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The key idea is to represent data of any kind by a symbolic expression of the general form head[arg 1 , arg 2 , …] . ( a + b 2 is thus Plus[a, Power[b, 2]] , {a, b, c} is List[a, b, c] and a = b + 1 is Set[a, Plus[b, 1]] .)

However, as was shown in the 1800s, this method can yield only numbers formed by operating on rationals with combinations of Plus , Times and Sqrt . (Thus it is impossible with ruler and compass to construct π and "square the circle" but it is possible to construct 17-gons or other n -gons for which FunctionExpand[Sin[ π /n]] contains only Plus , Times and Sqrt .) … Note that above degree 4, algebraic numbers cannot in general be expressed in radicals involving only Plus , Times and Power (see page 945 ).

In case (c), the following gives a list of the numbers of nodes generated up to step t :
FoldList[Plus, 1, Join[{1, 4, 12, 10, -20, 6, 4}, Map[d, IntegerDigits[Range[4, t - 5], 2]]]]
d[{___, 1}] = 1
d[{1, p : 0 .., 0}] := -Apply[Plus, 4 Range[Length[{p}]] - 1] + 6
d[{__, 1, p : 0 .., 0}] := d[{1, p, 0}] - 7
d[{___, p : 1 .., q : 0 ..., 1, 0}] := 4 Length[{p}] + 3 Length[{q}] + 2
d[{___, p : 1 .., 1, 0}] := 4 Length[{p}] + 2

But in the so-called lambda calculus of Alonzo Church from around 1930 what were instead used were pure functions such as s = Function[x, x + 1] and plus = Function[{x, y}, If[x 0, y, s[plus[x - 1, y]]]] —of just the kind now familiar from Mathematica.

[Turing] machine 596440
For any list of initial colors init , it turns out that successive rows in the first t steps of the compressed evolution pattern turn out to be given by
NestList[Join[{0}, Mod[1 + Rest[FoldList[Plus, 0, #]], 2], {{0}, {1, 1, 0}} 〚 Mod[Apply[Plus, #], 2] + 1] 〛 &, init, t]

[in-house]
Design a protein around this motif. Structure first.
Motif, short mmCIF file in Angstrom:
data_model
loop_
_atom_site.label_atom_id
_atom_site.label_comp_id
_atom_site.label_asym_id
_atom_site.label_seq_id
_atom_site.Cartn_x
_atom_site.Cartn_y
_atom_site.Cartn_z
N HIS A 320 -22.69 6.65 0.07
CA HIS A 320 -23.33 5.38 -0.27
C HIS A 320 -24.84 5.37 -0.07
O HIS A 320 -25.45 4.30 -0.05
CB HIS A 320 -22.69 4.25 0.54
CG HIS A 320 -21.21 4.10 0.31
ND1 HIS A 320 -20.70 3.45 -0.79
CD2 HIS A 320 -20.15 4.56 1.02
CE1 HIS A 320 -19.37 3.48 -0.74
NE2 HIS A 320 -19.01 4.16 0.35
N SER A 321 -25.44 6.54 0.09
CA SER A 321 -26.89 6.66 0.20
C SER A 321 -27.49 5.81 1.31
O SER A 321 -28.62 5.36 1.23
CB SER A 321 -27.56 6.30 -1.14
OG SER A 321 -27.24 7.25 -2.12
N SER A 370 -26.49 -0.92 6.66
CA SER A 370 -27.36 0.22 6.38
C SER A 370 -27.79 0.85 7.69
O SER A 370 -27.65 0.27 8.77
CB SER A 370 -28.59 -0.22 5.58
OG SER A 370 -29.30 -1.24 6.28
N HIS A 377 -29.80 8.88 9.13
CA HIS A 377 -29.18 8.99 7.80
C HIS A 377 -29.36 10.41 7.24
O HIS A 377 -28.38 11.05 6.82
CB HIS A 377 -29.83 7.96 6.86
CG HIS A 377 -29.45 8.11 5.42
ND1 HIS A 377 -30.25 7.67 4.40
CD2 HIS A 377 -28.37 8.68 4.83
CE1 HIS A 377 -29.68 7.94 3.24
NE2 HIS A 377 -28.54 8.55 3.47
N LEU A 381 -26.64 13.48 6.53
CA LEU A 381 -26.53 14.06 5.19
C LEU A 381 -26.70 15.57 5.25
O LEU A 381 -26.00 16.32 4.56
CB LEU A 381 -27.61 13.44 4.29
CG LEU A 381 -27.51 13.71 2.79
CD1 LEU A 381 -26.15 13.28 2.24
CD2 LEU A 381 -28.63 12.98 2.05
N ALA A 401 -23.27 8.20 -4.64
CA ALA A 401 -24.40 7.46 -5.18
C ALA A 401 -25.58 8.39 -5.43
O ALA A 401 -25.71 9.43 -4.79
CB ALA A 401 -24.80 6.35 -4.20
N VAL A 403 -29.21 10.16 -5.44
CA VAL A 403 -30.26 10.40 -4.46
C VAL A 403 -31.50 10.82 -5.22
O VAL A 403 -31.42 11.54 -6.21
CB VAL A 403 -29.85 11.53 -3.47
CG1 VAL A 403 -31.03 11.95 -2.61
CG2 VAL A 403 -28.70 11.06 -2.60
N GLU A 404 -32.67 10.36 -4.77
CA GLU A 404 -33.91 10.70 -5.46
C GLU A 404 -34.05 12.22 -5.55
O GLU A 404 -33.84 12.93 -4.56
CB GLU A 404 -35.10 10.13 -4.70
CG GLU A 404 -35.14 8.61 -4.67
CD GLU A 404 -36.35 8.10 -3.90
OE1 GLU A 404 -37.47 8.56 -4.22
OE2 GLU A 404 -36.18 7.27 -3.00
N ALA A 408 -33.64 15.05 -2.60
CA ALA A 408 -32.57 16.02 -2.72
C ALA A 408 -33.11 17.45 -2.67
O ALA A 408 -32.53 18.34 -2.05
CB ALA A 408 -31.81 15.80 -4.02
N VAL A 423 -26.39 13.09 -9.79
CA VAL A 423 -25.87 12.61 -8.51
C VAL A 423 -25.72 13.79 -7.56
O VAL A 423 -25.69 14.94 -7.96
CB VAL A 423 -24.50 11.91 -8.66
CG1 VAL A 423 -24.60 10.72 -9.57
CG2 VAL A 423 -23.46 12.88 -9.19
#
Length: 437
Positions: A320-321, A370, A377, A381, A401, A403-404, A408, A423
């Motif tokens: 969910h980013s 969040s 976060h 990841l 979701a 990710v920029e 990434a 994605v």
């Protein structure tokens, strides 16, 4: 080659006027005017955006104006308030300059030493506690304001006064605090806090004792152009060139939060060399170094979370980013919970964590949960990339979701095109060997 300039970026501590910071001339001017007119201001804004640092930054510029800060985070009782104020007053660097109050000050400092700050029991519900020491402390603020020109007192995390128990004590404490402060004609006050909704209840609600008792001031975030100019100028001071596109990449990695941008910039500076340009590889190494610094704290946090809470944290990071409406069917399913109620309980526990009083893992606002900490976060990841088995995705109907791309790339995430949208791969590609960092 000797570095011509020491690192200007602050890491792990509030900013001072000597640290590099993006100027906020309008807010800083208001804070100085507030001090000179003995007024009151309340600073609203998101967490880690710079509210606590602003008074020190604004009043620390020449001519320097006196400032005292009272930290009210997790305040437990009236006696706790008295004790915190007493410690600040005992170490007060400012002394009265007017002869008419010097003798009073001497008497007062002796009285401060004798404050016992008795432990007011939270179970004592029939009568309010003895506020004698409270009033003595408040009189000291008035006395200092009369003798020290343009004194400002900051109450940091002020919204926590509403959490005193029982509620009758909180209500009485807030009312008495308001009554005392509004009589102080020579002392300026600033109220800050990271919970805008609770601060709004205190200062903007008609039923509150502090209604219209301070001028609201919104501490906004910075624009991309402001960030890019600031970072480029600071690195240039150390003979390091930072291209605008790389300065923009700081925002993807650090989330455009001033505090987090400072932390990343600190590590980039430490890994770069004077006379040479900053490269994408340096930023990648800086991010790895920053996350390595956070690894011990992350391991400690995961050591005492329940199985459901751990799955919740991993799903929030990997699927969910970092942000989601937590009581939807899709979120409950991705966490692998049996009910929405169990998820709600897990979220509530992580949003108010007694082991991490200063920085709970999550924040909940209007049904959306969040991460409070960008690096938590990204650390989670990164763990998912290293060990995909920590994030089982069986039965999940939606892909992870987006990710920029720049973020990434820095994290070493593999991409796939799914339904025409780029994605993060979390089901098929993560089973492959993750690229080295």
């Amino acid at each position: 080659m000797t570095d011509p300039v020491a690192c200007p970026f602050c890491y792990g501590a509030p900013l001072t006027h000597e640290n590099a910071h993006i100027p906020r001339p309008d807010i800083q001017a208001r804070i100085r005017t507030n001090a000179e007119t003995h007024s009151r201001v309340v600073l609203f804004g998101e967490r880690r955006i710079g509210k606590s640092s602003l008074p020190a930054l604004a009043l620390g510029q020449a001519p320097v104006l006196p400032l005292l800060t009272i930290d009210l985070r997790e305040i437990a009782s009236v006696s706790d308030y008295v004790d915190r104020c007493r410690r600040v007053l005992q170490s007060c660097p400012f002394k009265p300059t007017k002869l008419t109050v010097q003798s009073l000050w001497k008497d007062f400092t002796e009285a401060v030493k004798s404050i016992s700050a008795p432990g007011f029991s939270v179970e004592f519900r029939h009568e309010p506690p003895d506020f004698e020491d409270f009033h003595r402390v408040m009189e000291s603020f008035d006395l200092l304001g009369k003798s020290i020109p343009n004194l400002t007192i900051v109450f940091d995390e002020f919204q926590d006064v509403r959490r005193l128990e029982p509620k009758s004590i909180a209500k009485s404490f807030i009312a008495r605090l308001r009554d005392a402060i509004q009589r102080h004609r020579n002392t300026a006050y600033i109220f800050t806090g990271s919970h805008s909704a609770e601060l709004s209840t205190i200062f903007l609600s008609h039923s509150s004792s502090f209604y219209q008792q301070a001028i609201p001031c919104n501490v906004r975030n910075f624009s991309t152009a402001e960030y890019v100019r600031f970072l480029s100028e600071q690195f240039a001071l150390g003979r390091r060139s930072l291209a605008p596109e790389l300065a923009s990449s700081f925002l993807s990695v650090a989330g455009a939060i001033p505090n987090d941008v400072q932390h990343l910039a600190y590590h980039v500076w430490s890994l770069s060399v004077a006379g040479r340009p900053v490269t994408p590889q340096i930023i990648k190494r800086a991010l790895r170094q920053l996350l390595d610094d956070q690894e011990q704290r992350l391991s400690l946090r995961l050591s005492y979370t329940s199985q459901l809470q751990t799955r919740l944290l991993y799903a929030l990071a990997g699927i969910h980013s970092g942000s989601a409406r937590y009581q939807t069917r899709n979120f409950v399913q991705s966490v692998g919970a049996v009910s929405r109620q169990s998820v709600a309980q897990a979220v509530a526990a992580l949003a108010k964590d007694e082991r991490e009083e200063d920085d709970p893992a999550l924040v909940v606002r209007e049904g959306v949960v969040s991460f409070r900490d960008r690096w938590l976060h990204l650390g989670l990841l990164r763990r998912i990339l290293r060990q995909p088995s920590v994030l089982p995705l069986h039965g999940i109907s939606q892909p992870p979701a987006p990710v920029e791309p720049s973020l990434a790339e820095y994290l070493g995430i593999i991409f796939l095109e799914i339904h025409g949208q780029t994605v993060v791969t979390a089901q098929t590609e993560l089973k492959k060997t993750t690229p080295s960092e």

Inside the right-hand part of this pattern the cell values can then be obtained from an upside-down version of the rule 60 additive cellular automaton, and starting from a sequence of 1 's the picture below shows that a typical rule 60 nested pattern can be produced, at least in a limited region.

Applying FoldList[Plus, 0, 2list - 1] to the whole sequence yields the pattern shown below.
… This is similar to picture (c) on page 131 , and is a digit-by-digit version of
FoldList[Plus, 0, Table[Apply[Plus, 2 Rest[IntegerDigits[i, 2]] - 1], {i, n}]]
Note that although the picture above has a nested structure, the original concatenation sequences are not nested, and so cannot be generated by substitution systems.

The number of states with spatial period m is given by
s[m_, k_]:= k m - Apply[Plus, Map[s[#, k] &, Drop[Divisors[m], -1]]]
or equivalently
s[m_, k_]:=Apply[Plus, (MoebiusMu[m/#] k # &)[Divisors[m]]]
In a cellular automaton with a total of n cells, the maximum possible repetition period is thus s[n, k] .

The functions And , Xor and Not are equivalent to Times , Plus and 1 - # & for variables modulo 2, and in this case algebraic functions like PolynomialReduce can be used for minimization.

Digit count sequences
Starting say with {1} repeatedly replace list by
Join[list, IntegerDigits[Apply[Plus, list], 2]]
The resulting sequences grow in length roughly like n Log[n] .

This yields a chord such as
Play[Evaluate[Apply[Plus, Flatten[Map[Sin[1000 # t] &, N[2 1/12 ]^Position[list, 1]]]]], {t, 0, 0.2}]
A sequence of such chords can sometimes provide a useful representation of cellular automaton evolution.